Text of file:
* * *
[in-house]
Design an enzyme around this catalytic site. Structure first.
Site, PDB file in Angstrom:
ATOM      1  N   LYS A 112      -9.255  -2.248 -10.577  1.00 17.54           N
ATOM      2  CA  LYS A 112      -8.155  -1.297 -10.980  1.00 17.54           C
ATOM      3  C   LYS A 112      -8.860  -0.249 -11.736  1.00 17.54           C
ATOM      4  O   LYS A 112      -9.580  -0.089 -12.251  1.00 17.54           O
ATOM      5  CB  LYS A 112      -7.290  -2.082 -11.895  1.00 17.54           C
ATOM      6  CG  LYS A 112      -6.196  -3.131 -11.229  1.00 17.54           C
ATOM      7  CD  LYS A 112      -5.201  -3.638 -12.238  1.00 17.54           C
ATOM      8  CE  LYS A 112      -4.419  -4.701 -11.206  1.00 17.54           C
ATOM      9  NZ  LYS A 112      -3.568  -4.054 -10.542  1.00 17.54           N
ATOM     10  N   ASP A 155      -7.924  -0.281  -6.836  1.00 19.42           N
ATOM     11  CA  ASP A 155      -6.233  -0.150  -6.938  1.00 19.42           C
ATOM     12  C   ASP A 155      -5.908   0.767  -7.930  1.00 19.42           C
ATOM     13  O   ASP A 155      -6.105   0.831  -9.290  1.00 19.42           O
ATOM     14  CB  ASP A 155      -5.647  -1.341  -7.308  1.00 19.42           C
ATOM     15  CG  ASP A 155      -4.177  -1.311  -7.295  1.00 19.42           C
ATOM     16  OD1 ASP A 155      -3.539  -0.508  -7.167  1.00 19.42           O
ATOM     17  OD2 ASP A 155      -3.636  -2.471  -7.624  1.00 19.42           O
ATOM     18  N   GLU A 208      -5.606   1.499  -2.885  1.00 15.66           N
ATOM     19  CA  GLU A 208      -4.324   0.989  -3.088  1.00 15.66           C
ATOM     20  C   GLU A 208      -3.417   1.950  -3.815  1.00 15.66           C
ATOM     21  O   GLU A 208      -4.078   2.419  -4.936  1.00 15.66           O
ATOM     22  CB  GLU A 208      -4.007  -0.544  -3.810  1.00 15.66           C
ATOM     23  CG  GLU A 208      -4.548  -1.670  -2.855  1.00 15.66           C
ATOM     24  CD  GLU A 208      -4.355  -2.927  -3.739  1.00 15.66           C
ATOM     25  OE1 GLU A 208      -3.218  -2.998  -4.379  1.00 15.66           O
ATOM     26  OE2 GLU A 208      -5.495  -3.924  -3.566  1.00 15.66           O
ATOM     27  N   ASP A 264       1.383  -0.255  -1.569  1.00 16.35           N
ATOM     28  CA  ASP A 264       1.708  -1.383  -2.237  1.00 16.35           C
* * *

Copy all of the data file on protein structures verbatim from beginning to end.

[in-house]
Design an enzyme around this catalytic site. Structure first.
Site, PDB file in Angstrom:
ATOM      1  N   LYS A 112      -9.255  -2.248 -10.577  1.00 17.54           N
ATOM      2  CA  LYS A 112      -8.155  -1.297 -10.980  1.00 17.54           C
ATOM      3  C   LYS A 112      -8.860  -0.249 -11.736  1.00 17.54           C
ATOM      4  O   LYS A 112      -9.580  -0.089 -12.251  1.00 17.54           O
ATOM      5  CB  LYS A 112      -7.290  -2.082 -11.895  1.00 17.54           C
ATOM      6  CG  LYS A 112      -6.196  -3.131 -11.229  1.00 17.54           C
ATOM      7  CD  LYS A 112      -5.201  -3.638 -12.238  1.00 17.54           C
ATOM      8  CE  LYS A 112      -4.419  -4.701 -11.206  1.00 17.54           C
ATOM      9  NZ  LYS A 112      -3.568  -4.054 -10.542  1.00 17.54           N
ATOM     10  N   ASP A 155      -7.924  -0.281  -6.836  1.00 19.42           N
ATOM     11  CA  ASP A 155      -6.233  -0.150  -6.938  1.00 19.42           C
ATOM     12  C   ASP A 155      -5.908   0.767  -7.930  1.00 19.42           C
ATOM     13  O   ASP A 155      -6.105   0.831  -9.290  1.00 19.42           O
ATOM     14  CB  ASP A 155      -5.647  -1.341  -7.308  1.00 19.42           C
ATOM     15  CG  ASP A 155      -4.177  -1.311  -7.295  1.00 19.42           C
ATOM     16  OD1 ASP A 155      -3.539  -0.508  -7.167  1.00 19.42           O
ATOM     17  OD2 ASP A 155      -3.636  -2.471  -7.624  1.00 19.42           O
ATOM     18  N   GLU A 208      -5.606   1.499  -2.885  1.00 15.66           N
ATOM     19  CA  GLU A 208      -4.324   0.989  -3.088  1.00 15.66           C
ATOM     20  C   GLU A 208      -3.417   1.950  -3.815  1.00 15.66           C
ATOM     21  O   GLU A 208      -4.078   2.419  -4.936  1.00 15.66           O
ATOM     22  CB  GLU A 208      -4.007  -0.544  -3.810  1.00 15.66           C
ATOM     23  CG  GLU A 208      -4.548  -1.670  -2.855  1.00 15.66           C
ATOM     24  CD  GLU A 208      -4.355  -2.927  -3.739  1.00 15.66           C
ATOM     25  OE1 GLU A 208      -3.218  -2.998  -4.379  1.00 15.66           O
ATOM     26  OE2 GLU A 208      -5.495  -3.924  -3.566  1.00 15.66           O
ATOM     27  N   ASP A 264       1.383  -0.255  -1.569  1.00 16.35           N
ATOM     28  CA  ASP A 264       1.708  -1.383  -2.237  1.00 16.35           C